The Wind Waker is the true sequel to Ocarina of Time, telling the story of Hyrule’s fate centuries later. The game starts on Outset Island, a small and isolated island in the south of the Great Sea. On the same day as Link’s coming of age ceremony, a pirate named Tetra is kidnapped by a mysterious bird. Following her older brother on a rescue mission, Aryll, the bird’s true target, is snatched and taken far away. This sets off a chain of events which will reveal the true destinies of Link and Tetra. 8
While The Wind Waker adds a lot to the basic game design of Ocarina of Time, it screws up in big ways, and in some places, regresses on advances made with Majora’s Mask. I’m going to split the two diametric opinions on the game to highlight just why this game is so hard to like, yet so hard to hate.
At least Jabun hands the Pearl over to you - the final mission would have been a dungeon for the Triforce, but that was replaced by a horrific fetch-quest that involved finding Triforce Maps, rupees to decipher the Maps, and then finding the Triforce pieces themselves. Terrible game design. 6
After Nintendo showed a GameCube tech demo of Link and Ganondorf fighting, fans were hyped for a more realistic-looking Zelda. At E3 2001, Nintendo showed off a drastically different style, the cel-shaded look that caused so much “Celda” controversy. It was unthinkable that they would make a Mario game look more realistic, while making a Zelda game more cartoony.
Gradually, people began to accept, and even like, the new style, and while it lends a certain feel to the game, it does strip it of some of its atmosphere. Certain things can be created in this style that would look out of place with more realistic graphics, and fights would need to be less animated. My main complaint is that this gorgeous new engine is wasted on a bland sea and sparse islands rather than a rich, rolling landscape. 9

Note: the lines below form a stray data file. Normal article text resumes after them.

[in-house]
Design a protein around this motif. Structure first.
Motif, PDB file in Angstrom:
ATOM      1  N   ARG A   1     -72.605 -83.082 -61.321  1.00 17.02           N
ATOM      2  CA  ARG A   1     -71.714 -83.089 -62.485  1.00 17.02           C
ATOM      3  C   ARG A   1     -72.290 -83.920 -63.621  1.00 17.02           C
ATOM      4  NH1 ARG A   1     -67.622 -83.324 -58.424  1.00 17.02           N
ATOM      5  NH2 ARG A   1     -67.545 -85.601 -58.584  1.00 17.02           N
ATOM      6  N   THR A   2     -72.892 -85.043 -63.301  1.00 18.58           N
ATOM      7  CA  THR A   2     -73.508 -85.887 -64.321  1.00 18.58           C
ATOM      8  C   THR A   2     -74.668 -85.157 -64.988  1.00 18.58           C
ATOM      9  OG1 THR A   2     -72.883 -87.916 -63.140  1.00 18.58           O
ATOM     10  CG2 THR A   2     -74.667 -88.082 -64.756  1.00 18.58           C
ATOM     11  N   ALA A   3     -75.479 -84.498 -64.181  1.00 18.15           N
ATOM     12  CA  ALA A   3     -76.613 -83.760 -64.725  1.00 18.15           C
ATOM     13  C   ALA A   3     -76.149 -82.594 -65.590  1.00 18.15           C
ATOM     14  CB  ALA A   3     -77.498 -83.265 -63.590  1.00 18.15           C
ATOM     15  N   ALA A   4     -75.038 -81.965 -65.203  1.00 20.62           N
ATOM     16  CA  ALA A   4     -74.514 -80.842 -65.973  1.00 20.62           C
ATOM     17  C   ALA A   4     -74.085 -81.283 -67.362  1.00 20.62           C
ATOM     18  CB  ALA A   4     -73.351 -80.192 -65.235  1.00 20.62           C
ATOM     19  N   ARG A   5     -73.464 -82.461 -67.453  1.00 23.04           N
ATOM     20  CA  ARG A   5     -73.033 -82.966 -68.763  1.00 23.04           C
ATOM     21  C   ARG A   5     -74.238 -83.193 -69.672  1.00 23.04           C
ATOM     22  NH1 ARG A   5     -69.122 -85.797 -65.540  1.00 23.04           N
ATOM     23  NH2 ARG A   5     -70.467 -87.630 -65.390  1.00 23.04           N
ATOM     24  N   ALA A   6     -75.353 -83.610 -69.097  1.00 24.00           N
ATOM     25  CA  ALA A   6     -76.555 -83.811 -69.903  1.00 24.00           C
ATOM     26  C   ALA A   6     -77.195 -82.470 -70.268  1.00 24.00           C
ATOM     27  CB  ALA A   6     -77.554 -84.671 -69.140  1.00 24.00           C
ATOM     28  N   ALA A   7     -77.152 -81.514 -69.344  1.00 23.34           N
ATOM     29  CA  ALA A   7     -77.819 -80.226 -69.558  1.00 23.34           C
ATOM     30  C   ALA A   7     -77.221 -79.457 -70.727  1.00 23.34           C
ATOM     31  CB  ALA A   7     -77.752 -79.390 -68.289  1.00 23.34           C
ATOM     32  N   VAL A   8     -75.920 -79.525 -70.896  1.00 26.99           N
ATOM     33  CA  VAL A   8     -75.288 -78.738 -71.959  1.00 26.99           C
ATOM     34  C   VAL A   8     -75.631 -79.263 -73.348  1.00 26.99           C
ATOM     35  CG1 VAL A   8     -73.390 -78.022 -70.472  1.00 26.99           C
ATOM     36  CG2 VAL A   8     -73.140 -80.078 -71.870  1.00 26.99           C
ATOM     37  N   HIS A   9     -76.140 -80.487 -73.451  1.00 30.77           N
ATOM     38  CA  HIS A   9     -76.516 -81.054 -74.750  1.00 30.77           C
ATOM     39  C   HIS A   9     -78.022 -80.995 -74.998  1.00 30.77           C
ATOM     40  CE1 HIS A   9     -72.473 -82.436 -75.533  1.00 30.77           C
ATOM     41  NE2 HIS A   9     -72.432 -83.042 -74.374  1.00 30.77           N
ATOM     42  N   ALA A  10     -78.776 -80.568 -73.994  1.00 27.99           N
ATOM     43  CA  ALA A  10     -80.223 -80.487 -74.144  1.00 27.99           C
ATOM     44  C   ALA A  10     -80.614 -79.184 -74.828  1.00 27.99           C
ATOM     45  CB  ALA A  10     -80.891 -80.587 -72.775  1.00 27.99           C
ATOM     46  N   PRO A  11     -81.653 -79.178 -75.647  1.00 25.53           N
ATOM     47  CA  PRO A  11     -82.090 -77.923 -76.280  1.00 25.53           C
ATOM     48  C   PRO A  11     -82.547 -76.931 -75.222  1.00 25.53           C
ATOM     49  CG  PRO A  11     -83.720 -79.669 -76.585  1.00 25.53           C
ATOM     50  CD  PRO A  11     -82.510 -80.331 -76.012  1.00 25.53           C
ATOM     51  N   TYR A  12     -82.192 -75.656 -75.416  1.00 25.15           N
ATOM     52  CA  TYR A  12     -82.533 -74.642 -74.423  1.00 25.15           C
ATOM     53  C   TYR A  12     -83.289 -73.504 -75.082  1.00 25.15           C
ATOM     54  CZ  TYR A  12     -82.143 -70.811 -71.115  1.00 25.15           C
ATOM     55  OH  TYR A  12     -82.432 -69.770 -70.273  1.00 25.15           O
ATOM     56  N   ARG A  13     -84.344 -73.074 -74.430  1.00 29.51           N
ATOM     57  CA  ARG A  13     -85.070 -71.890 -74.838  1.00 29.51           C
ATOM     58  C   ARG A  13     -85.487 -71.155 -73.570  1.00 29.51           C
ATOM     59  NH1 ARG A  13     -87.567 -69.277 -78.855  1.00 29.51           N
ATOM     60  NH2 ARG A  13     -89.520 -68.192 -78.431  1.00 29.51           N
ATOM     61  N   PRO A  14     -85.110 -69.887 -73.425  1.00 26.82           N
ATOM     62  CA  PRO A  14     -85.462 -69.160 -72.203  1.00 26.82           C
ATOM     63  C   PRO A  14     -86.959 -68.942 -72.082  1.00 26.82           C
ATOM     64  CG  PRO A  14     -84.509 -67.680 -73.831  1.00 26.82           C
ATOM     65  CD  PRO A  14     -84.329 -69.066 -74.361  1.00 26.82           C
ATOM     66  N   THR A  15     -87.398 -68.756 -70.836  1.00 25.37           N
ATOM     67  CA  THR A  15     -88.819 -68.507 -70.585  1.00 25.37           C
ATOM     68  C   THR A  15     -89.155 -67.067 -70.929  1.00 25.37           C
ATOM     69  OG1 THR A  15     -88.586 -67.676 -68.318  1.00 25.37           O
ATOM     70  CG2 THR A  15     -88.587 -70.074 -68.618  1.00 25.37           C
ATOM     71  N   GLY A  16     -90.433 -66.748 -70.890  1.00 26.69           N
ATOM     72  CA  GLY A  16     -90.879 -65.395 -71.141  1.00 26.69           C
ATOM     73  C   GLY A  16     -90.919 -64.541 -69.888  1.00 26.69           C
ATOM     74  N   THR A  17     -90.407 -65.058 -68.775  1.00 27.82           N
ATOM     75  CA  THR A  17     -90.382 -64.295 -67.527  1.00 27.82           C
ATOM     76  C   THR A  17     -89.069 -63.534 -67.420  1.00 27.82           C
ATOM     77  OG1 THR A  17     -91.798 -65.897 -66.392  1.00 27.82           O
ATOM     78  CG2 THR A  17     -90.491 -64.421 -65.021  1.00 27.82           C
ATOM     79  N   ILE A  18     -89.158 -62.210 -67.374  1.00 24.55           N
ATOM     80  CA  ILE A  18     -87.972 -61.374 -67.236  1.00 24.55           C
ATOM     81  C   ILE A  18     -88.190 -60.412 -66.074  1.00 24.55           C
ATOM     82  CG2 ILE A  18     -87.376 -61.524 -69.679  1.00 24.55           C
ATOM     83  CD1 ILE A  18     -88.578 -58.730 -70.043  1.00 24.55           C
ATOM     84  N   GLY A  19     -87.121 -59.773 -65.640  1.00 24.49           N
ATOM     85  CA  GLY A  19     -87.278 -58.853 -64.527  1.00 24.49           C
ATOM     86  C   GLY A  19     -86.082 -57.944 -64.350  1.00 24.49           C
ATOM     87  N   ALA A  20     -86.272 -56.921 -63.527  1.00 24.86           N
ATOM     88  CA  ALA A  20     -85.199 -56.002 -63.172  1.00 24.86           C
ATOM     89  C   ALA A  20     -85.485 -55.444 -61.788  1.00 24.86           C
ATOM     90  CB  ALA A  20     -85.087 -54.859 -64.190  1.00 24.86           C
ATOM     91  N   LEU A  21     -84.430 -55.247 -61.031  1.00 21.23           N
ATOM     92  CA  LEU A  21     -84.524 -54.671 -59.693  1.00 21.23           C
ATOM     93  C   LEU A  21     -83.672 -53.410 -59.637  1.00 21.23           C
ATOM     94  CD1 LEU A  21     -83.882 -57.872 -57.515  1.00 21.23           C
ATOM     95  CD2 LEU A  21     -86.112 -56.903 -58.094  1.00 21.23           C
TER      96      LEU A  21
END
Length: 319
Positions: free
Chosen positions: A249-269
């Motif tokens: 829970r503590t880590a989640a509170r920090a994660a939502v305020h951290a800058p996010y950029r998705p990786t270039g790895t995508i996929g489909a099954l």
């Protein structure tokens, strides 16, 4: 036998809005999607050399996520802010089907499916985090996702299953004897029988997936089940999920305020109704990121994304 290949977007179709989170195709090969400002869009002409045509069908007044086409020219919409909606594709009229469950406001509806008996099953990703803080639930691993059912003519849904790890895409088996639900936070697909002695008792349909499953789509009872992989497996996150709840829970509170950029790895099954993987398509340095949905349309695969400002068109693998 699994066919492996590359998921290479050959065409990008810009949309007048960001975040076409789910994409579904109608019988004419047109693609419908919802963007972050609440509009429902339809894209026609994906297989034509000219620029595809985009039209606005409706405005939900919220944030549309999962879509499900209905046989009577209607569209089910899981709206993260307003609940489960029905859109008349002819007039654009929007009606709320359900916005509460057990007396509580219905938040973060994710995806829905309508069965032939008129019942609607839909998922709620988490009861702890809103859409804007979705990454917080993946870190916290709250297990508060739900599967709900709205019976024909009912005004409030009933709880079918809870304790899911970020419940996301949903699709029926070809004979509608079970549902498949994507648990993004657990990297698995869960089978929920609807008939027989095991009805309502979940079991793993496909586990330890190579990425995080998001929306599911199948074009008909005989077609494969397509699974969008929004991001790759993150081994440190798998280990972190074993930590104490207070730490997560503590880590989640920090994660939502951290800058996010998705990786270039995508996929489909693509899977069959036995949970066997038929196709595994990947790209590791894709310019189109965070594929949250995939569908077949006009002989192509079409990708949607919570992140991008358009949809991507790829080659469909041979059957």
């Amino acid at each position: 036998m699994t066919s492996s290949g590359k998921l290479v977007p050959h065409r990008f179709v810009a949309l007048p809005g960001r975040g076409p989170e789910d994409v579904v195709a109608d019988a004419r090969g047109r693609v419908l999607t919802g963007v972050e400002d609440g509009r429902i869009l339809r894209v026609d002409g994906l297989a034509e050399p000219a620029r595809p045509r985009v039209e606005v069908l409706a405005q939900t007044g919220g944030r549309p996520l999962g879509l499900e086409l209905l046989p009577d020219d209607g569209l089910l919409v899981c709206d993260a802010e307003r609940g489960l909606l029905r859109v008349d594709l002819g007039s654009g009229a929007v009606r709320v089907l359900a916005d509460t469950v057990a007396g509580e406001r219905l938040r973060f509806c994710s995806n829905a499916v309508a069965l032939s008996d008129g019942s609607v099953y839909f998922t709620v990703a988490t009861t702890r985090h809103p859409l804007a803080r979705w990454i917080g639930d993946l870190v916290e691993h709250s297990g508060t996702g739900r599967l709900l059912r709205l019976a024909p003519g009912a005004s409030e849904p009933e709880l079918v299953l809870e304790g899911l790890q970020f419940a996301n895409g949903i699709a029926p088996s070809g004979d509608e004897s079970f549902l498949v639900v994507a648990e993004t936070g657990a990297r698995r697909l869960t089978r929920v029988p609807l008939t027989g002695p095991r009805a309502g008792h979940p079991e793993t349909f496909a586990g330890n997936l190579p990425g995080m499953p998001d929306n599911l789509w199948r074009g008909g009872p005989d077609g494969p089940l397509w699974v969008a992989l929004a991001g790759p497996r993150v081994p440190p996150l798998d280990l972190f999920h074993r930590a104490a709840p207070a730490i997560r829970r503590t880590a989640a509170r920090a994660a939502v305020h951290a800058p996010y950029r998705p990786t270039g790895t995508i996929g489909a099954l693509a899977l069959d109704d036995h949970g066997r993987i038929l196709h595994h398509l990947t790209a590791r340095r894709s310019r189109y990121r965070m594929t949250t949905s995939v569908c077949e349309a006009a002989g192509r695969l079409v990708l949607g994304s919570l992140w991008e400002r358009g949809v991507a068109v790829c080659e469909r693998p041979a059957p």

The sound was the one aspect of the game I was most looking forward to. If anyone has heard Ocarina of Time’s Windmill, Lon Lon Ranch, or Gerudo Valley themes, then they’ll know the ludicrously high standards of the Zelda series. The Wind Waker is no Ocarina of Time. You can describe the game as “pretty good”. Unfortunately, this is how you can describe the soundtrack, too. Pretty good. Just okay, sometimes. Remixes and classics aside, the new tracks aren’t catchy. They’re nice, but you won’t fall in love.
Sound is used most effectively during battles. As I’ve mentioned, instrument effects are used to highlight attacks and combos. After fighting in The Wind Waker, battles seem a little flatter in other Zelda games. The developers use a clever trick late in the game where you fight one battle, and all is silent. You just hear the little thuds of your sword, and it emphasises the relative powerlessness of young Link. 9
This is one big area where the game falls down. While some dungeons are technically good, and the scale of the game is pretty epic, the game loses a lot of atmosphere evident in past Zelda games because of the cheer of the graphics, but also because of the misuse of them.
The engine’s strength is colour, and yet it is set largely on a uniform, blue sea. Midway in the game, you see something from past Zelda games (though you’re not allowed to go to it) that shows how vibrant a game set on land could be with this style. It could have been a game of majesty, but instead, it loses a lot of that grand atmosphere. 7
The Wind Waker’s main contribution to the Zelda series is a fantastic part of Hyrulian lore, thanks to a story realised like no Zelda before it. There’s also the sun-drenched graphic style used in the game’s sequel, Phantom Hourglass, but aside from these advancements, TWW brings with it a lot of regressions, repetitions, and missed opportunities. 7
While undoubtedly a good game, The Wind Waker fails to capture what makes a Zelda game great. To give it a 9 would be to put it on the same level as Majora’s Mask, and that is slightly insulting to that masterpiece, so I feel the game deserves a solid 8.